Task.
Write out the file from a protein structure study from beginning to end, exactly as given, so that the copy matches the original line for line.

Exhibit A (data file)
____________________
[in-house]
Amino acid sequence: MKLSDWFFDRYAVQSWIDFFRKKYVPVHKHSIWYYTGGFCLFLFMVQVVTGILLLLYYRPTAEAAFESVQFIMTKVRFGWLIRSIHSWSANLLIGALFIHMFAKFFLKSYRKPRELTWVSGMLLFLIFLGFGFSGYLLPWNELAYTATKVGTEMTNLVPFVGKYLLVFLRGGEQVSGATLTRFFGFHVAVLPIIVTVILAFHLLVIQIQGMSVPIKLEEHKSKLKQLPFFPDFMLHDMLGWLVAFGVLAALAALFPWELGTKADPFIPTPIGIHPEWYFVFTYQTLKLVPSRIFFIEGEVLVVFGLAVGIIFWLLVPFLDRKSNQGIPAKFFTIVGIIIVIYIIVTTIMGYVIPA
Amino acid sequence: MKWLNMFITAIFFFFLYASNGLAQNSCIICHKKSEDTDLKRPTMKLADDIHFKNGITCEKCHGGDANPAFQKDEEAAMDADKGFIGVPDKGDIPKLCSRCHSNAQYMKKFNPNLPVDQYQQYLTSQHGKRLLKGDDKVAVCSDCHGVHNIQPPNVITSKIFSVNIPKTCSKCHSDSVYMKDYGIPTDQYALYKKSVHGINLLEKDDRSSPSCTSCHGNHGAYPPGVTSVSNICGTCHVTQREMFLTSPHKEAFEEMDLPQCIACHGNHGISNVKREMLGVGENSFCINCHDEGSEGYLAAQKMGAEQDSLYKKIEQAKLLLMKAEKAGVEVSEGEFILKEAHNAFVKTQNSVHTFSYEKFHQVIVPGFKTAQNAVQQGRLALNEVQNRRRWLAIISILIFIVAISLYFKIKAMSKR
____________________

[in-house]
Amino acid sequence: MKLSDWFFDRYAVQSWIDFFRKKYVPVHKHSIWYYTGGFCLFLFMVQVVTGILLLLYYRPTAEAAFESVQFIMTKVRFGWLIRSIHSWSANLLIGALFIHMFAKFFLKSYRKPRELTWVSGMLLFLIFLGFGFSGYLLPWNELAYTATKVGTEMTNLVPFVGKYLLVFLRGGEQVSGATLTRFFGFHVAVLPIIVTVILAFHLLVIQIQGMSVPIKLEEHKSKLKQLPFFPDFMLHDMLGWLVAFGVLAALAALFPWELGTKADPFIPTPIGIHPEWYFVFTYQTLKLVPSRIFFIEGEVLVVFGLAVGIIFWLLVPFLDRKSNQGIPAKFFTIVGIIIVIYIIVTTIMGYVIPA
Amino acid sequence: MKWLNMFITAIFFFFLYASNGLAQNSCIICHKKSEDTDLKRPTMKLADDIHFKNGITCEKCHGGDANPAFQKDEEAAMDADKGFIGVPDKGDIPKLCSRCHSNAQYMKKFNPNLPVDQYQQYLTSQHGKRLLKGDDKVAVCSDCHGVHNIQPPNVITSKIFSVNIPKTCSKCHSDSVYMKDYGIPTDQYALYKKSVHGINLLEKDDRSSPSCTSCHGNHGAYPPGVTSVSNICGTCHVTQREMFLTSPHKEAFEEMDLPQCIACHGNHGISNVKREMLGVGENSFCINCHDEGSEGYLAAQKMGAEQDSLYKKIEQAKLLLMKAEKAGVEVSEGEFILKEAHNAFVKTQNSVHTFSYEKFHQVIVPGFKTAQNAVQQGRLALNEVQNRRRWLAIISILIFIVAISLYFKIKAMSKR